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Has the government changed how it conducts business as a result of COVID-19? Has the fiscal year been extended?
At the start of the health crisis, the Governor signed legislation allowing for State business and legislative sessions to be conducted at locations other than Trenton, and for legislative business to be conducted by electronic means.
On August 25, Governor Phil Murphy released his revised budget proposal for Fiscal Year 2021, six months after the Governor originally laid out his FY 2021 budget proposal. The Governor's FY 2021 Revised Budget Proposal may be found online, including details on spending plans for $2.39 billion in Coronavirus Relief Fund (CRF) funding.
As a result of COVID-19, the fiscal year was extended from the traditional June 30th ending to September 30th. As a result, the revised budget addresses spending for only the nine-month period from October 1, 2020 through June 30, 2021.
In addition, the Governor signed a law authorizing the State to borrow up to $9.9 billion to address the unprecedented fiscal crisis that has arisen as a consequence of the COVID-19 pandemic.
Under the law, the State has the authority to issue bonds of up to $9.9 billion over the remainder of the extended Fiscal Year 2020 and the nine-month Fiscal Year 2021.
Oversight of COVID-19 Recovery Programs
The Governor has announced the creation of a Disaster Recovery Office, which will serve as the center point of contact and coordination for COVID-19 recovery programs funded through the CARES Act and other sources of federal funds.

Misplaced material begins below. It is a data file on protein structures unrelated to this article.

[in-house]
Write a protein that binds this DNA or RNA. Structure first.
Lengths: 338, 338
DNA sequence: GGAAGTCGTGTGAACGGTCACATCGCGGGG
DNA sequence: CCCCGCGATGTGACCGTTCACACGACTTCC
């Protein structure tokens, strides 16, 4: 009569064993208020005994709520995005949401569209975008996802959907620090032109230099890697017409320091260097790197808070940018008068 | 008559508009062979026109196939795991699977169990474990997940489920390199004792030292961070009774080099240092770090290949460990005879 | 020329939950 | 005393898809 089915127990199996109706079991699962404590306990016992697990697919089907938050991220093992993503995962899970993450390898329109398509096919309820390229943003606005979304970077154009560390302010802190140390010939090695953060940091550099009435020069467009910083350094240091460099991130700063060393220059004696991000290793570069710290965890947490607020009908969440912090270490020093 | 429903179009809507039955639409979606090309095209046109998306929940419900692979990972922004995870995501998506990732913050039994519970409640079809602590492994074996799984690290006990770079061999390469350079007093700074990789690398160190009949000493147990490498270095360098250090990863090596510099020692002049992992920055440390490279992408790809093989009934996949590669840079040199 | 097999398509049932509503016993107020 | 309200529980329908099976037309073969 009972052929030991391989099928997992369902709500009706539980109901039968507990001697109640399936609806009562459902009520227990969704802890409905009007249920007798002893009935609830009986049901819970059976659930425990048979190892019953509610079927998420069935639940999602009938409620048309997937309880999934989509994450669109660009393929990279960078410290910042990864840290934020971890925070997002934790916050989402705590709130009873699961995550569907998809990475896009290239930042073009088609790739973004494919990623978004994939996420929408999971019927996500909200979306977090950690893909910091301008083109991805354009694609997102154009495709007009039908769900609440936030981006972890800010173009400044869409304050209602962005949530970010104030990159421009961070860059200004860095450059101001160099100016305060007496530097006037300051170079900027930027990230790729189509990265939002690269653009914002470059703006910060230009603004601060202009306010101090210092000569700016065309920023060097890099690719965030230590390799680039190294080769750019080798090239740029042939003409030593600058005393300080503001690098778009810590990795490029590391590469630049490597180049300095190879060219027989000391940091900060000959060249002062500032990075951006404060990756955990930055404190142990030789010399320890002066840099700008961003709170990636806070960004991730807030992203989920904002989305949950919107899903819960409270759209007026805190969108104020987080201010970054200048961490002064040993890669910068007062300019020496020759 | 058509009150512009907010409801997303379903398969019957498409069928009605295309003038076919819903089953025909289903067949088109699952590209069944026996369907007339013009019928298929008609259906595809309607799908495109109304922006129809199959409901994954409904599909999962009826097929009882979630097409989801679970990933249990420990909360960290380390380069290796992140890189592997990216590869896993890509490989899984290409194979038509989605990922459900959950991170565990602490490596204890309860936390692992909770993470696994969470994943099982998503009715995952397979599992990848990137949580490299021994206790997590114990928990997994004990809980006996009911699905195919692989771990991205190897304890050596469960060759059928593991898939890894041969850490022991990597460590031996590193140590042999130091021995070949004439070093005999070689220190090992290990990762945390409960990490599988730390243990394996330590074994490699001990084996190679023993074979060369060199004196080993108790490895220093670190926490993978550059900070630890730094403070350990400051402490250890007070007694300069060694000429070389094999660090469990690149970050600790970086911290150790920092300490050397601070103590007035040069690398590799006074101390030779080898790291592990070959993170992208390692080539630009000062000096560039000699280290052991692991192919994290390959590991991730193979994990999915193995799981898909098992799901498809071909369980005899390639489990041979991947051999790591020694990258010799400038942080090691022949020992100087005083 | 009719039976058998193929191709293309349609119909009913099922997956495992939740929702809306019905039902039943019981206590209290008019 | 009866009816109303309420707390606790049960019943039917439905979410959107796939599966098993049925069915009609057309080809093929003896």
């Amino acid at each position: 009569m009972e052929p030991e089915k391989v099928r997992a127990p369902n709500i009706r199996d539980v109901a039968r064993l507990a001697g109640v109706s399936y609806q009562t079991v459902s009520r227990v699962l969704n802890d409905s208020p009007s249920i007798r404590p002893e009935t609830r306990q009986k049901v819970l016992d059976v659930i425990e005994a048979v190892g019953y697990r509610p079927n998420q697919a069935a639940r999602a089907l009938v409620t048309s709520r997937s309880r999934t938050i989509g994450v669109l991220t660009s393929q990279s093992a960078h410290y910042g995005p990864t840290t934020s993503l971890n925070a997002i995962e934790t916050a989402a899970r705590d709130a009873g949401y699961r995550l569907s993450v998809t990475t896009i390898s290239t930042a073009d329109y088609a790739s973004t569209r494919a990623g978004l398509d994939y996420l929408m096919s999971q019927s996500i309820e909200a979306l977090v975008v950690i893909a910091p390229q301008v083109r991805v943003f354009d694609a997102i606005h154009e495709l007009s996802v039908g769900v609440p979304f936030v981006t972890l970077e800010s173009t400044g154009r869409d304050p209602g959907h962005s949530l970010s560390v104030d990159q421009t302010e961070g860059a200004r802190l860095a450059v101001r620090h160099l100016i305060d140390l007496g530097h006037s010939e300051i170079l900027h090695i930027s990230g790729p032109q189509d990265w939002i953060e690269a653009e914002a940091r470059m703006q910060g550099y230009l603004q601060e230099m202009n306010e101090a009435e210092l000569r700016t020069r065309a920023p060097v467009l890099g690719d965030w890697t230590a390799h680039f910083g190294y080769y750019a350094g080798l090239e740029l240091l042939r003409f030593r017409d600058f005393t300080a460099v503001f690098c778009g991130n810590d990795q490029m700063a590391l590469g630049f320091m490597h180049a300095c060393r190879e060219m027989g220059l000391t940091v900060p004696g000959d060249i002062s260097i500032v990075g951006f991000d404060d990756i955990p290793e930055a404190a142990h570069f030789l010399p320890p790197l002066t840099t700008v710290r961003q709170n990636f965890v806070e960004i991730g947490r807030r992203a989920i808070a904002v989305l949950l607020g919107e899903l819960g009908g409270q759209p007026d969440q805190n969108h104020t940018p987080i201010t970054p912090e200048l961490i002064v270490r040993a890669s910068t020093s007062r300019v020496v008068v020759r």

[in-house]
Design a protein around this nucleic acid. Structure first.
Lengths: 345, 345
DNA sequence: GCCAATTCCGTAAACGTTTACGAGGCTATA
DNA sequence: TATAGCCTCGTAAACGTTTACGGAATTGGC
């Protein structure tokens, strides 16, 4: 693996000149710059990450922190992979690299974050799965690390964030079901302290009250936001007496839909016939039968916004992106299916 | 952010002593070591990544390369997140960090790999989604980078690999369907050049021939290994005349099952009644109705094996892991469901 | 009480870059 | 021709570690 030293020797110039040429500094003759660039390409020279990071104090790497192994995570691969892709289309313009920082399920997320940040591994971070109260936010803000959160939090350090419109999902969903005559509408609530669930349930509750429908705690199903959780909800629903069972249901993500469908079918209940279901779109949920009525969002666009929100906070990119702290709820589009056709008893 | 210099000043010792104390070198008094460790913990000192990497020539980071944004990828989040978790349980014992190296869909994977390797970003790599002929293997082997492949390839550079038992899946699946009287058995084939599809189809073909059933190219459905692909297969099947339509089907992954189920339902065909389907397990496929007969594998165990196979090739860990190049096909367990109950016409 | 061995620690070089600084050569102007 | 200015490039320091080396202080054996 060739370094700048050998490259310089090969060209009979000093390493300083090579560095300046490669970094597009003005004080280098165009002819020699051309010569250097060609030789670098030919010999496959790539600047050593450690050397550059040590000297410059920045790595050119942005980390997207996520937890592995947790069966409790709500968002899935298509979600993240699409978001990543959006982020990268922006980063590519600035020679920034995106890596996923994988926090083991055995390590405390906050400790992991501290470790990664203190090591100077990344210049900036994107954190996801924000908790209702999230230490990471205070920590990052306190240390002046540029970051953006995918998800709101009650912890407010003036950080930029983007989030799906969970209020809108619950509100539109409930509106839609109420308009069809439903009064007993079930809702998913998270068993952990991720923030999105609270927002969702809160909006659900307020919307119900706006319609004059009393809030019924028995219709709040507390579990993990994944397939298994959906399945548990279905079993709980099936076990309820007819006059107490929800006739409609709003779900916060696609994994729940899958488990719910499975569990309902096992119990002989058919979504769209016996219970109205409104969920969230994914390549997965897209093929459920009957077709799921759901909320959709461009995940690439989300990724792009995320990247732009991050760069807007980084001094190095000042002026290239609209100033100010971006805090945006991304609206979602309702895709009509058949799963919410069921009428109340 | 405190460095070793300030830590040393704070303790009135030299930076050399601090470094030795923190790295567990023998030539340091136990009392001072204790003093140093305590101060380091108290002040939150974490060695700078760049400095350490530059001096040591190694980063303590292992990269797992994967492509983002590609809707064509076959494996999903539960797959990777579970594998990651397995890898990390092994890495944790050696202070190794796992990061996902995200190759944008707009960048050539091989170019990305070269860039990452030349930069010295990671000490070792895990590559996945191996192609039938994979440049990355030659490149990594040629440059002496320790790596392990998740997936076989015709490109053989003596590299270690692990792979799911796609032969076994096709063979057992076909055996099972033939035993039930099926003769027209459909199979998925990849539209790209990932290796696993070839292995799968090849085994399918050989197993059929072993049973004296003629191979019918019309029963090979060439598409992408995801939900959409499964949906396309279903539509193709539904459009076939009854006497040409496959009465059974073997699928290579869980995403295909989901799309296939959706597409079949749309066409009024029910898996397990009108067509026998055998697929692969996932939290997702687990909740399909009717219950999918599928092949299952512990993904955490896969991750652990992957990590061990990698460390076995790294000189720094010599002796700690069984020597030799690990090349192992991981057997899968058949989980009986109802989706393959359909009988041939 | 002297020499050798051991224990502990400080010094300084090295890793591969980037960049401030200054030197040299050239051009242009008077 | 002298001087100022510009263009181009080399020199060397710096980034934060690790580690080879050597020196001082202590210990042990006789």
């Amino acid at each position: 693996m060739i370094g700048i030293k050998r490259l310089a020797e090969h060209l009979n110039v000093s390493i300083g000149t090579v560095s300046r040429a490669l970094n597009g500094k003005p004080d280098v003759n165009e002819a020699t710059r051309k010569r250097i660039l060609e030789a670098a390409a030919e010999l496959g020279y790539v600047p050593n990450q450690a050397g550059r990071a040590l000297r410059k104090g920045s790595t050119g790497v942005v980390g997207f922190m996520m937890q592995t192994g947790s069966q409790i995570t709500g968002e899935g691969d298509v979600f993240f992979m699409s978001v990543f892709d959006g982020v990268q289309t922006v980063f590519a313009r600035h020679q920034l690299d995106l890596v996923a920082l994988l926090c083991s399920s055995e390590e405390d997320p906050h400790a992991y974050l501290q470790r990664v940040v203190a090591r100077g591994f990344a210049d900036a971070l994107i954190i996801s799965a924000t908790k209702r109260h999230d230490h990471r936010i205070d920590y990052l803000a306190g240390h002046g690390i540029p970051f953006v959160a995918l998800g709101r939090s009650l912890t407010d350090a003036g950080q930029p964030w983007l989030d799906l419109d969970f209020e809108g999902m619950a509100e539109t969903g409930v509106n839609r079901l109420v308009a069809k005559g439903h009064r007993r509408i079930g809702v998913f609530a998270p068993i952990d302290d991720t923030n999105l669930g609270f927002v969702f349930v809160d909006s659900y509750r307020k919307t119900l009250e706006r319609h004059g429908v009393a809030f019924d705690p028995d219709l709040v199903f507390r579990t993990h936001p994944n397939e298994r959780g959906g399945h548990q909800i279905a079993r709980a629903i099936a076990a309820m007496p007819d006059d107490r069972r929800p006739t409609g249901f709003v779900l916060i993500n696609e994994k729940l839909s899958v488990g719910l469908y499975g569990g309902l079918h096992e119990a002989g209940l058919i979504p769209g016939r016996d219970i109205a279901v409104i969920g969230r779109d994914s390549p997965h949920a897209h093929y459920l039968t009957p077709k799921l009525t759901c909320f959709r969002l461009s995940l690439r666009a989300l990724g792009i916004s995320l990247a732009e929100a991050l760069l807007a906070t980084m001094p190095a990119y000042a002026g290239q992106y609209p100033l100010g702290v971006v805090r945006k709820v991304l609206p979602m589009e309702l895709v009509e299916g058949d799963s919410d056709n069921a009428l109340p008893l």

The Office will ensure all funds are expended in compliance with federal rules and regulations, and that strategies and policies are aligned across all state Departments.
A website to track the Office's progress as well as an annual report will be required.
The Governor has also announced the creation of a COVID-19 Compliance Task Force to review all COVID-related procurements above a certain dollar threshold, ensure internal controls, and provide compliance training to all agencies receiving COVID-19 funds.
The Task Force will also establish an Integrity Oversight Monitoring program with a pool of outside vendors to ensure agencies guard against fraud, waste, and abuse of any COVID-19 funds. Integrity monitors will submit quarterly reports to the Disaster Recovery Office, the Attorney General, the Comptroller, and both the Senate President and Assembly Speaker, as well as post them online.
On May 15, 2020, Governor Murphy signed a bill into law concerning certain local government deadlines, certifications, meetings, acceptance of payments, and property taxes. For more information, refer to the legislation A-3969/S-2392.
On August 31, 2020, Governor Murphy signed legislation authorizing municipalities and counties to borrow funds to cover revenue shortfalls and expenditures caused by the COVID-19 pandemic by issuing bonds and notes. For more information, refer to the legislation (A3791).
Sources: https://www.nj.gov/governor/news/news/562020/approved/20200401a.shtml, https://nj.gov/governor/news/news/562020/approved/20200319f.shtml; Executive Order No. 159; https://nj.gov/governor/news/news/562020/approved/20200716b.shtml; Governor's Remarks 7/17/20; Executive Order No. 178